Free now


An awkward and candid photographic series of naked abandonment.

Words by & photos by Pierre Liebaert

It all started with an ad in a local newspaper looking for models, male or female. The photographer then initiated conversations with the models that replied: they got to know each other and exchange correspondence. . For the 2 years this project ran, Pierre Liebaert and his models kept in touch, creating a relationship based on anonymity, nakedness and their feelings on the project. The result is a strange mixture of both anonymity and intimacy.

Despite the original ad announcing he was looking for both female and male subjects, after some time, women disappeared from the project. They initially agreed to take part, but eventually, as the conversations developed, dropped out.

The reasons are unknown but, in the end, “Free now” became an all-male project. Not only that, but most of the people depicted are mature, their bodies past the prime of youth as we are used to see it in the general beauty ideal. And, for once, it’s good to see something different – young women have been portrayed naked quite extensively in all possible means.

There is something challenging in this project, in its willingness to show a different idea of beauty and the frailness of not fitting into the mould.

Sessions were held in pay-by-the-hour motels. Just rented for one or two hours, these rooms were a neutral place, void of meaning for Pierre and his models. These places are also closely related to nudity and intimacy. However, meeting a total stranger in a pay-per-hour motel room to take nude photos just emphasizes the awkwardness of the process.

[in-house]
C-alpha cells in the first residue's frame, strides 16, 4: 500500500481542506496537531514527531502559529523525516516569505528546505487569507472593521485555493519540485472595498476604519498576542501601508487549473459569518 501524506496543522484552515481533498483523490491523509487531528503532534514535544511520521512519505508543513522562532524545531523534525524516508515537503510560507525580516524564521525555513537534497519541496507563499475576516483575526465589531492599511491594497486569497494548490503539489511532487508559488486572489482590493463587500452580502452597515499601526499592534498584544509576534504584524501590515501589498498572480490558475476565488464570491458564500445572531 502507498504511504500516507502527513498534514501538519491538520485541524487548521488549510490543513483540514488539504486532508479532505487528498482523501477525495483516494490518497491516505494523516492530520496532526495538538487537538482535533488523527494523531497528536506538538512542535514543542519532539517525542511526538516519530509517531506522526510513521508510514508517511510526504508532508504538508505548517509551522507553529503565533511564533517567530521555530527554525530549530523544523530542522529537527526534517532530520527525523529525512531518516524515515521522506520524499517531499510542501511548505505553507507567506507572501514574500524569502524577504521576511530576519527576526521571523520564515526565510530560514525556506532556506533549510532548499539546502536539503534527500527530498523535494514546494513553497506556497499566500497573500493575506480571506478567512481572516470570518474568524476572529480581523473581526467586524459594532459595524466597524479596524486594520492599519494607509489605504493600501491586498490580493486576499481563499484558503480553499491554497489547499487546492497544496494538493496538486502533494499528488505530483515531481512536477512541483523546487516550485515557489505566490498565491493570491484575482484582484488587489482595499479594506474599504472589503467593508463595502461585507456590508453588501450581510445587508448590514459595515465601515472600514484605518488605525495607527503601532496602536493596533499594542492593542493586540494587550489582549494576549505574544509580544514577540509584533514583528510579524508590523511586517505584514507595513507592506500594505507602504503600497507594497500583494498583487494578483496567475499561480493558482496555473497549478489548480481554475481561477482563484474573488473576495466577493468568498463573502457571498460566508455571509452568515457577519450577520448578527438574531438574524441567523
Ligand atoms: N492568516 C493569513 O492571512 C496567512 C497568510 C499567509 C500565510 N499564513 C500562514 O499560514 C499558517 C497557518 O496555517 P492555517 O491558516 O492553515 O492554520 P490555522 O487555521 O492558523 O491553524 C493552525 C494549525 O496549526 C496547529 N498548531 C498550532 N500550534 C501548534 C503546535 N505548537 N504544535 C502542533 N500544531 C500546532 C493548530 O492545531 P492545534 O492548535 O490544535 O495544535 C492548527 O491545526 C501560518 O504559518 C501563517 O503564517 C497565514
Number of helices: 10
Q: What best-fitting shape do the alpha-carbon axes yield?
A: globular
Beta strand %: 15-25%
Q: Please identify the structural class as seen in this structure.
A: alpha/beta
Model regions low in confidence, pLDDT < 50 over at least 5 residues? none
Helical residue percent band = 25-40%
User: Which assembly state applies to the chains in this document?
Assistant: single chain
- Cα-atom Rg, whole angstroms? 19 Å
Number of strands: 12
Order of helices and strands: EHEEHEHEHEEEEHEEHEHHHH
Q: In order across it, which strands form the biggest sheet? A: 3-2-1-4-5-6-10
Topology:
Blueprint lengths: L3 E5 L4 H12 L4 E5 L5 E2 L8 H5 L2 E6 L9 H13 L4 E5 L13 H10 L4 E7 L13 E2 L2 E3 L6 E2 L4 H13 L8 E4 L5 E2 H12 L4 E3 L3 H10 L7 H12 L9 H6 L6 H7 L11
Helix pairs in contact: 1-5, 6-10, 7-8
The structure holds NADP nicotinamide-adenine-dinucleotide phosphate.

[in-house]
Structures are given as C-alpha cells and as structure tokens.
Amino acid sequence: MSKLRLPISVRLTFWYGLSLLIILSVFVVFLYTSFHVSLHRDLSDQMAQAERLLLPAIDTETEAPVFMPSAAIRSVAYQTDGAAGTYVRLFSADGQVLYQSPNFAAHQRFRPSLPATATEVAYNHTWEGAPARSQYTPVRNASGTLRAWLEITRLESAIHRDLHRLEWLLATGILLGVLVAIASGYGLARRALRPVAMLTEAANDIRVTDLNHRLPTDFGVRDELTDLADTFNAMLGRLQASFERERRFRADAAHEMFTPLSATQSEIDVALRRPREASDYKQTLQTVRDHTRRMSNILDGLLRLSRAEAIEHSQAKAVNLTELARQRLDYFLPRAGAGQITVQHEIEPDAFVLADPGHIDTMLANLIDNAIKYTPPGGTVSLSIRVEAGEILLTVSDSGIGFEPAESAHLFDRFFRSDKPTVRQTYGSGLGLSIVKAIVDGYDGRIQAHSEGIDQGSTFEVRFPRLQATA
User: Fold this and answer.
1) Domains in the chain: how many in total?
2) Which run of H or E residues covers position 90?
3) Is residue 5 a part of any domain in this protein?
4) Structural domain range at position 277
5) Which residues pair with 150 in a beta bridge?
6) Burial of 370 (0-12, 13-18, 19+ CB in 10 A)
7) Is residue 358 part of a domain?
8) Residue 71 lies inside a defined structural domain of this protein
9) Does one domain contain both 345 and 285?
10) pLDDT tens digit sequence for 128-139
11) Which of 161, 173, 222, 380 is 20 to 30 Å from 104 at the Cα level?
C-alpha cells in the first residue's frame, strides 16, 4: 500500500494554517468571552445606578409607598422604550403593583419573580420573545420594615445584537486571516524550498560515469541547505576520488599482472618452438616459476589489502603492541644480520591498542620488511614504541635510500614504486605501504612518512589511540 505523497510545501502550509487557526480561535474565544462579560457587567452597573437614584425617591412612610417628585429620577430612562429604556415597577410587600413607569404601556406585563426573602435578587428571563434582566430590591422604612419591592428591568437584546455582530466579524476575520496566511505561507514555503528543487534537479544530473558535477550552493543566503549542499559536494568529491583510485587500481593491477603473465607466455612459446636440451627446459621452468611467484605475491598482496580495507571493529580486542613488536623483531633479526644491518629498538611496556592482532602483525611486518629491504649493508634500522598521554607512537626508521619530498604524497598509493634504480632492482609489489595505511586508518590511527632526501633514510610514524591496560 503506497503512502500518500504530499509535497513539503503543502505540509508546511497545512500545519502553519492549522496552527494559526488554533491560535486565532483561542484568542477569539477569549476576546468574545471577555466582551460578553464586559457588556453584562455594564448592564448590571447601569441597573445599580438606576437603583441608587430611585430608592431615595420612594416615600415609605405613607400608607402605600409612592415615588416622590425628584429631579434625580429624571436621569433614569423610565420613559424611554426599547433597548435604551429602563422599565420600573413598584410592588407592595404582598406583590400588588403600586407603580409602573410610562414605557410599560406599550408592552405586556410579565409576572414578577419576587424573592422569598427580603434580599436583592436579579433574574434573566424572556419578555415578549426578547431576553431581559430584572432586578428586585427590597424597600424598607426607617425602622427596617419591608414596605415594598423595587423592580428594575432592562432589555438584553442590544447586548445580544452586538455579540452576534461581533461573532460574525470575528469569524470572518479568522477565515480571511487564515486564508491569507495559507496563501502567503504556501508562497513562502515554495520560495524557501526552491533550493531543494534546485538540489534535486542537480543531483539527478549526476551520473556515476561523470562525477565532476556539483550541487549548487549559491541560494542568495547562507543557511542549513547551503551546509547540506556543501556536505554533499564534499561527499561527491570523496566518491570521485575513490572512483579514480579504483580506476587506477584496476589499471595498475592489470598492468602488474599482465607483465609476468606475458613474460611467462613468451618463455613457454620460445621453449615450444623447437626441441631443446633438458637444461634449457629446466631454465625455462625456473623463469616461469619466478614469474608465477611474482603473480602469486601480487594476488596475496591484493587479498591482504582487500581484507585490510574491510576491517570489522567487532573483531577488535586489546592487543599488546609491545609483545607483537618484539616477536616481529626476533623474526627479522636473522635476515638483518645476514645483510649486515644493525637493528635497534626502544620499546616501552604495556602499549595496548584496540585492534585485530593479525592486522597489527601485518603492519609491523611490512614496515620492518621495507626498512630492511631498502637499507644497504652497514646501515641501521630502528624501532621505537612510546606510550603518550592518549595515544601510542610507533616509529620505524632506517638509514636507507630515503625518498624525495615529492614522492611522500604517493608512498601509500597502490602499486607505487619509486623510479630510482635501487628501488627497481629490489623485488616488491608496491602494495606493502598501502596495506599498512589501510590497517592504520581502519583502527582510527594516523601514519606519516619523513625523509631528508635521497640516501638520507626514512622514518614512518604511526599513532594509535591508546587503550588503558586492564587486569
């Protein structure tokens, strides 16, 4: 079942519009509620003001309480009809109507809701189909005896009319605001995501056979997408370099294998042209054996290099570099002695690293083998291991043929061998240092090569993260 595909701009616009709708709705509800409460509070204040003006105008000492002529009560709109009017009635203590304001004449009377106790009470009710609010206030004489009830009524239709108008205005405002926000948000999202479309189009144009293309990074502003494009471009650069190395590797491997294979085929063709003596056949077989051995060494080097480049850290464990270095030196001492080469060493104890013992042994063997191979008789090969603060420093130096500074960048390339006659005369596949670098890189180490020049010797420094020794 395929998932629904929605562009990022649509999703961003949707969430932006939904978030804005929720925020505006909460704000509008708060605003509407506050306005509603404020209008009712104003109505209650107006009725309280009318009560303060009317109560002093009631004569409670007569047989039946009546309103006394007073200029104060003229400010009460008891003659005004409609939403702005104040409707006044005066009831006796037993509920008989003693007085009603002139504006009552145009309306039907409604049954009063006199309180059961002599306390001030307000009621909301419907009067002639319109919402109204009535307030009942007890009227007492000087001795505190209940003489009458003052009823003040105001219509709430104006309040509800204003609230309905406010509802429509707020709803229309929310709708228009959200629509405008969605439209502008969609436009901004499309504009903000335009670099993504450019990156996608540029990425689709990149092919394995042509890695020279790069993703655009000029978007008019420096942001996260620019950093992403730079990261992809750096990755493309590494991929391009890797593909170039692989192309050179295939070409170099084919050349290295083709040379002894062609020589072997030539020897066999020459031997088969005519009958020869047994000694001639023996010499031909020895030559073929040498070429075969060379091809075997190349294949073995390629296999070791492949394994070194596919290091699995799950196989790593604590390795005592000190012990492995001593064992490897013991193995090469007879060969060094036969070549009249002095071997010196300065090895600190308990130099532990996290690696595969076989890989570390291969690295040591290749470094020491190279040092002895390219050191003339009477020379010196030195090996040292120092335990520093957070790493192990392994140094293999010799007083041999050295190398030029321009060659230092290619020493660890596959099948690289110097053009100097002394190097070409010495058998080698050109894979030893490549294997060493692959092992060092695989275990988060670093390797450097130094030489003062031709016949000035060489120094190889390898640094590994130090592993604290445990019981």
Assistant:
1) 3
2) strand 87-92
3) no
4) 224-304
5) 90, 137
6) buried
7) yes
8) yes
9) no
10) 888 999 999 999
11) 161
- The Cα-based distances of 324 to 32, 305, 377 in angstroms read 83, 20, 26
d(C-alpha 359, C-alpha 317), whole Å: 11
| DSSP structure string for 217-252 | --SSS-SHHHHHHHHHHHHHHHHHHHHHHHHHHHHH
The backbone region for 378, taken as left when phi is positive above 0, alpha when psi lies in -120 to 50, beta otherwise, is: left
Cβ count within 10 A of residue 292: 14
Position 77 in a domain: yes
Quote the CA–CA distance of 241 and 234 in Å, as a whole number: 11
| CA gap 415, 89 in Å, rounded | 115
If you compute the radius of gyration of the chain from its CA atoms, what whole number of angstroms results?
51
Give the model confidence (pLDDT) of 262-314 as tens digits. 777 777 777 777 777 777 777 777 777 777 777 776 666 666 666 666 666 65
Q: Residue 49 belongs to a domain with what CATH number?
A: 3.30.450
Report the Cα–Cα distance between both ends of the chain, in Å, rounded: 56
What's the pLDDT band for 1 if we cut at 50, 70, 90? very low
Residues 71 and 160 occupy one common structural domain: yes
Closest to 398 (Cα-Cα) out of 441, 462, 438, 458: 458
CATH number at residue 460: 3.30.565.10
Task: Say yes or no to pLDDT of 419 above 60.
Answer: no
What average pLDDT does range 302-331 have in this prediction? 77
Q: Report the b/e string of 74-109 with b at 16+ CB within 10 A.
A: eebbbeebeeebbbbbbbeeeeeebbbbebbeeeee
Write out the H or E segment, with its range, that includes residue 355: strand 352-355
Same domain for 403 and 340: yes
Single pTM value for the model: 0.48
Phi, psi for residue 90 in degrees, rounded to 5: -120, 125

The ones who decided to participate accepted the only condition: to pose naked in front of a stranger-photographer they found in an ad. In that sense, “Free now” is almost an act of rebellion. The men replied to set themselves outside of their everyday lives and push their boundaries, anonymously showing themselves to the world.

To combat the embarrassment and erase the potential discomfort, usually the models spark a conversation, they get intimate, share their stories.

But, in the end, their stories won’t matter. “Free now” is about anonymity, trust and candid awkwardness.

There is something quite contradictory in these models who, by their own accord, agreed to be part of the series for their own individual reasons and yet masked or concealed their faces. It’s as if there is a willingness to be comfortable in one’s own frailty and nakedness and the disconnection that has with real life.

Maybe is in this equilibrium that the appeal lies: how comfortable one is with oneself and his willingness to show vulnerability in a very awkward and almost surreal situation.

Regardless, more than their withered skin, these men expose themselves in their most beautiful versions: candid defencelessness and powerful risk-taking.  

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Pauline Bordaneil is an independent curator. Her research focuses on the underside of artistic creation through its objects and rituals; as well as the relationship between artist-curator and theory-practice.